Stats., is inapplicable because police officers
are municipal, not state, civil servants and that
Section 62.13(5)(d), Stats., mandates open
disciplinary hearings for police officers.
We deem this argument unavailing because, as the villages
note, it is the public policy behind the statute that the
custodians relied upon in making their determinations.
We conclude that disclosure of the records at issue here
would inhibit the goals sought to be advanced by the
villages and Sections 230.01(1) and (2), Stats.
Likewise, Section 103.13, Stats., is indicative of our
state's public policy of protecting an individual's
privacy and reputational interests even to the extent
that certain employee matters may be closed to
inspection to the employee himself or herself.
Some of these matters include investigations into
criminal activities; letters of reference; portions
of test documents; materials used for staff management planning such as evaluations, bonus plans, promotions
and job assignment; personnel information about another person; and records relating to a claim pending between
an employee and an employer.
We agree with the villages that disclosure of the requested records
likely would inhibit a reviewer
from making candid assessments of their employees
in the future.
We also agree, as Elm Grove asserts, that opening
these records likely would have the effect of
inhibiting an officer's desire or ability to
testify in court because he or she would face cross-examination as to embarrassing personal matters.
A foreseeable result is that fewer qualified people would
accept employment in a position where they could expect
that their right to privacy regularly would be abridged.
We conclude, therefore, that the statutory provisions cited above
indicate a legislative recognition of a
public policy interest in generally denying access
to the personnel files of police officers.
We are satisfied that the villages have specifically
established a public interest against disclosure which
is of sufficient weight to override the presumption
that the records should be released.
By the Court. Order reversed.
The trial court failed to apply the public policy
balancing test to the facts of this case and normally
we would remand to allow it to do so.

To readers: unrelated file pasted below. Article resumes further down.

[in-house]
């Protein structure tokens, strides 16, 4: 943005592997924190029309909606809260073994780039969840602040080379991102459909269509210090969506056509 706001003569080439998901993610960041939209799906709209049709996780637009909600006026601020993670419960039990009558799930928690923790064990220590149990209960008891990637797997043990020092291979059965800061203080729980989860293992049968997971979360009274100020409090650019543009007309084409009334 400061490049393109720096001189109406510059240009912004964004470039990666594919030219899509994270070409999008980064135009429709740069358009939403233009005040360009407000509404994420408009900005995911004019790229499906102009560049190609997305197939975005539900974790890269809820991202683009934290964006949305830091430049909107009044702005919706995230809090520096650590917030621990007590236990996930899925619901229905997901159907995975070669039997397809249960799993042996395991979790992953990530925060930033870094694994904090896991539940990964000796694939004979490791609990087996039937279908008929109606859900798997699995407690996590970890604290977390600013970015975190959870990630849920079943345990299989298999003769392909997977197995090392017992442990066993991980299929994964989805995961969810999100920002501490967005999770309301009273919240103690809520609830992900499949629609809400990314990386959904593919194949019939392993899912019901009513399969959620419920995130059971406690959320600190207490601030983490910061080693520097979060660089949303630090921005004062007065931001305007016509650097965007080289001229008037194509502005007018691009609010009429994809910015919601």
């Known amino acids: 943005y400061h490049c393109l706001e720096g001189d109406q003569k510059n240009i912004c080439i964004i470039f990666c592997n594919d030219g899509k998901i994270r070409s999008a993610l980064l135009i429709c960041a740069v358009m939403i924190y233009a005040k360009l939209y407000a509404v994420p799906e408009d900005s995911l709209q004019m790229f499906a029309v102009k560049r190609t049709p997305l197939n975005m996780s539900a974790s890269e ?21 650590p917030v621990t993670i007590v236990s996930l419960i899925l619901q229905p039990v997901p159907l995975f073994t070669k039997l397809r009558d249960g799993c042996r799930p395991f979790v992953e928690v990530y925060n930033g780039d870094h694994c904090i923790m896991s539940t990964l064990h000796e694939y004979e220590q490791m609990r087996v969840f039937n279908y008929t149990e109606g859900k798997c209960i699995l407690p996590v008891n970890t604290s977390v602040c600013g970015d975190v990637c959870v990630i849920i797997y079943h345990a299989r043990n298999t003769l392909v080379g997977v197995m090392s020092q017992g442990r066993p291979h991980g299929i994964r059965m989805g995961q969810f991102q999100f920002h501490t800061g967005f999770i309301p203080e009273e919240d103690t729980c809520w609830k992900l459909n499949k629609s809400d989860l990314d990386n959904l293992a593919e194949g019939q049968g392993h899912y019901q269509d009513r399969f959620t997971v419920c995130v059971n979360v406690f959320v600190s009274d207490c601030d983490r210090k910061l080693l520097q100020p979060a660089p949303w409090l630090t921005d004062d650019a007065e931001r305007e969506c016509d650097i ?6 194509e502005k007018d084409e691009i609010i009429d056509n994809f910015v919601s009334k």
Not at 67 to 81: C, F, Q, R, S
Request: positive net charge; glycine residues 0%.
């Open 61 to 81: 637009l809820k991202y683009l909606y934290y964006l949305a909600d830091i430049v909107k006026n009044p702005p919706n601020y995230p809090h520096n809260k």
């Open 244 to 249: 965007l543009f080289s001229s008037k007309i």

However, because the balancing test is a question of
law, Journal/Sentinel, Inc. v. Aagerup, 145 Wis.2d 818,
825, 429 N.W.2d 772, 775 (Ct. App. 1988), it is
unnecessary to remand this case.
The defendants are attorneys for the law firm of
William A. Pangman & Associates, which is a plaintiff
in similar cases currently on appeal in
District I Court of Appeals.
The District I appeals involve several consolidated
cases from the cities of Milwaukee, Wauwatosa and
Glendale dealing with the same issue as in this case.
The District I panel certified these cases
to the Wisconsin Supreme Court.
The certification was denied.
Among the reasons the villages gave
were that disclosure would:
(1) run counter to the legislature's recognition,
indicated in Section 19.85, Stats., of the
need to keep personnel records confidential
"to maintain the reputational and privacy
interests of the individual employe;"
(2) provide the requester with greater
access than the officer himself enjoys;
(3) subvert the villages' policy of ensuring
their employees "opportunities for satisfying
careers and fair treatment" based on the
value of each employee's service;
(4) impinge upon the officers' right to privacy;
(5) inhibit the villages' ability to hire and
retain competent personnel and would diminish
the fair, efficient and effective rendering
(6) prevent a reviewer from freely making candid
assessments of an individual officer's
strengths and weaknesses, if that information
might later be used publicly against the
officer, perhaps in a life-threatening
(7) discourage officers from testifying in court,
thus frustrating the public interest in
prosecution of law violators;
(8) run counter to the villages' interests in
maintaining the confidentiality of its
personnel records, an interest similar to
that of state employee personnel matters
which are closed to the public under Section
230.13, Stats.; and
(9) aid in the circumvention of rules against
pretrial discovery in the prosecution of
Section 19.85(1), Stats., provides in relevant part:
19.85(1) A closed session may be held for
any of the following purposes:
. . .
19.85(1)(c) Considering employment,
or performance evaluation
data of any public
employe over which the
governmental body has
jurisdiction or exercises
. . .
19.85(1)(f) Considering . . .
personal histories or
disciplinary data of
of specific personnel
problems or the
investigation of charges
against specific persons
. . . which, if discussed
in public, would be
likely to have a
effect upon the
reputation of any person
referred to in such
histories or data, or
involved in such problems
State ex rel. Youmans v. Owens,
28 Wis.2d 672,
137 N.W.2d 470 (1965),
was construing Section 14.90, Stats.,
then the Open Meetings Law.
Since 1965, the Open Meetings Law has been renumbered,
repealed, and finally recreated as Chapter 19,
Subchapter IV, Stats.
Substantively, the current Section 19.85(1)(c) and (f),
Stats., is the same as Section 14.90(3)(b) and (e) of
the old statute.
VILLAGE OF BUTLER v. COHEN,
163 Wis.2d 819 (Ct.App. 1991)
472 N.W.2d 579